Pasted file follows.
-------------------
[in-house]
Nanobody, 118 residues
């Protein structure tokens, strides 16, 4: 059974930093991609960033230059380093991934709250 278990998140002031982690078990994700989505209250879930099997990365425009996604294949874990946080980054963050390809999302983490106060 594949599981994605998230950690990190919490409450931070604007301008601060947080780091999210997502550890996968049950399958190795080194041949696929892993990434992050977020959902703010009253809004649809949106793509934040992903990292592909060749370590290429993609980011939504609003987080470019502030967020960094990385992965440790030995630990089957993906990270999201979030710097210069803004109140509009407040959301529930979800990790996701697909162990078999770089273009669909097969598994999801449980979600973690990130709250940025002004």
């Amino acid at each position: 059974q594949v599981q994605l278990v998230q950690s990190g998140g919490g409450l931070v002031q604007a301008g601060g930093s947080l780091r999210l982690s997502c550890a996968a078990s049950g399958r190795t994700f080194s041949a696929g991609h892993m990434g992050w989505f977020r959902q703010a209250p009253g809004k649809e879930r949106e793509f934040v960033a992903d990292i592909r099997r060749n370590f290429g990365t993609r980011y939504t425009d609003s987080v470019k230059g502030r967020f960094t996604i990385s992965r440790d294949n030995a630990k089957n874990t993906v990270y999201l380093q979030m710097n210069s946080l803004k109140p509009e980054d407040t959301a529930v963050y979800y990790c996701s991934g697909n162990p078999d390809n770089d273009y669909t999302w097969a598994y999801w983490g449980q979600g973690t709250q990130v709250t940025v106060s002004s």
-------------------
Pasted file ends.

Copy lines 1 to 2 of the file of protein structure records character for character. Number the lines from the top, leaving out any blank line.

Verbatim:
[in-house]
Nanobody, 118 residues